I know, defending the marginalized has never been a Republican priority. That’s partly because so many Republican voters regard immigrants, minorities and the poor as lazy, shiftless moochers. It’s why you will often hear politicians, like Kennedy and Graves, vilify the poor in service of the rich.

Continue reading on NOLA.com at this link.

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Some shocking news for Republicans: Ronald Reagan wasn’t a racist on immigration

By Robert Mann

There was once a prominent liberal Democrat — he would one day become president — who embraced a big, broad belief in the American dream that too many of today’s political leaders reject.

This future president said in a 1952 commencement address: “I, in my own mind, have thought of America has a place in the divine scheme of things that was set aside as a promised land. … [T]he means of selection was very simple as to how this land should be populated: Any place in the world and any person from those places; any person with the courage, with the desire to tear up the roots, to strive for freedom, to attempt and dare to live in a strange and foreign place, to travel half across the world, was welcome here.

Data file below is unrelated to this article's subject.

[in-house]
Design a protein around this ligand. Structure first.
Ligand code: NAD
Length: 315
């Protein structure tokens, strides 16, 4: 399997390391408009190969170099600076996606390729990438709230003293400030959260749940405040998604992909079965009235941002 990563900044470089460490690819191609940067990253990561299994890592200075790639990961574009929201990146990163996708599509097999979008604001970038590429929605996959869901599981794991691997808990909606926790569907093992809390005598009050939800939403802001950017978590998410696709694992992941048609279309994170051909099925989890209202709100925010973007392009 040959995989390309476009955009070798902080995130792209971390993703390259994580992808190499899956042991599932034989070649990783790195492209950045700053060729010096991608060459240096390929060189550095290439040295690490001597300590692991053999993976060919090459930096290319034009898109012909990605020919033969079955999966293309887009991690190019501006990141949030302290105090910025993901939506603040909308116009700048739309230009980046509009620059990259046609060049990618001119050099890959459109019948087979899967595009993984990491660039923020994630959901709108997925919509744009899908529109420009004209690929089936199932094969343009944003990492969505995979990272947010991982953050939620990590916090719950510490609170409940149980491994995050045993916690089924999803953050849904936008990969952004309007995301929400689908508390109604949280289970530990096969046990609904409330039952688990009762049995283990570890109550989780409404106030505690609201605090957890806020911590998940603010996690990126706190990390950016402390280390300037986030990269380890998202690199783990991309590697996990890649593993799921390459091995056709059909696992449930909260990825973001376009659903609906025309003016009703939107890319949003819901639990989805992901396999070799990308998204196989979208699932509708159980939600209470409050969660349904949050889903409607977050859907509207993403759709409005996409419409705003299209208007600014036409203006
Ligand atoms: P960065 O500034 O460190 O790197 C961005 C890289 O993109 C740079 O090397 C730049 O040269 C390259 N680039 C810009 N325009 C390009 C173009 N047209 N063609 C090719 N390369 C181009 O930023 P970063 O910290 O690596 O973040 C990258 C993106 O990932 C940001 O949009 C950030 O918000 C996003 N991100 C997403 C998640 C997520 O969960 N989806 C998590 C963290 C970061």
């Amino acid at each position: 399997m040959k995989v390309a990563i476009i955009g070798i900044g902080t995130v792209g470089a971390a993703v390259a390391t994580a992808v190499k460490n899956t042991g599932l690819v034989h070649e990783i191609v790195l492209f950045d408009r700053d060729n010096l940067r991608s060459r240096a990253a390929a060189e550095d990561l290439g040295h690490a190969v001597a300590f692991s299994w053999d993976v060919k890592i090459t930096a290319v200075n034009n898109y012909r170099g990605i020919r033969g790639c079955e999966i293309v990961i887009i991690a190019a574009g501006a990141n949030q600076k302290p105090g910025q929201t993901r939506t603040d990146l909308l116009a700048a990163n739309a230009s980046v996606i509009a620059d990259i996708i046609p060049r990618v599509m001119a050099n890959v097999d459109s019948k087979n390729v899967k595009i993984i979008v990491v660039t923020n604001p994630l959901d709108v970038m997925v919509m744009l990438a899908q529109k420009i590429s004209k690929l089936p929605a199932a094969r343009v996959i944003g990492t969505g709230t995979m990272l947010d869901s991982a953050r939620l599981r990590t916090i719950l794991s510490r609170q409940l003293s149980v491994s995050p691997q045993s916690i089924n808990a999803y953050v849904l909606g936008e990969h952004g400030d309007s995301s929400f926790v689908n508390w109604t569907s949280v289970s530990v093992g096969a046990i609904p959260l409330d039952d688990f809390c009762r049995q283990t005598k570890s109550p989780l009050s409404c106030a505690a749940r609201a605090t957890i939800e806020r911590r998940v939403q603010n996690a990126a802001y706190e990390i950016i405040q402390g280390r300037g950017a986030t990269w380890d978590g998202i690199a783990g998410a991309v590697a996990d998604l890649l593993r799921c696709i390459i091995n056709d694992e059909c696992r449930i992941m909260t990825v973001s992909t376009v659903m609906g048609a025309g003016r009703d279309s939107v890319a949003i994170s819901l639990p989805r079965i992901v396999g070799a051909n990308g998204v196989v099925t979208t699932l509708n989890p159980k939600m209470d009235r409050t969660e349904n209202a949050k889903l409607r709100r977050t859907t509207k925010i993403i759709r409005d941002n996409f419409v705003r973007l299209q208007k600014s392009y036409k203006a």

“And they have brought with them to the bloodstream that has become America that precious courage … to strive for something better for themselves and for their children and their children’s children. I believe that God in shedding his grace on this country has always in this divine scheme of things kept an eye on our land and guided it as a promised land for these people.”

The liberal was Ronald Reagan, speaking at Williams Woods College in Fulton, Mo. But, you say, that was long before Reagan, the actor, became Reagan, the conservative political leader. He wouldn’t talk like that today, would he?

Think again.

Continue reading on NOLA.com at this link.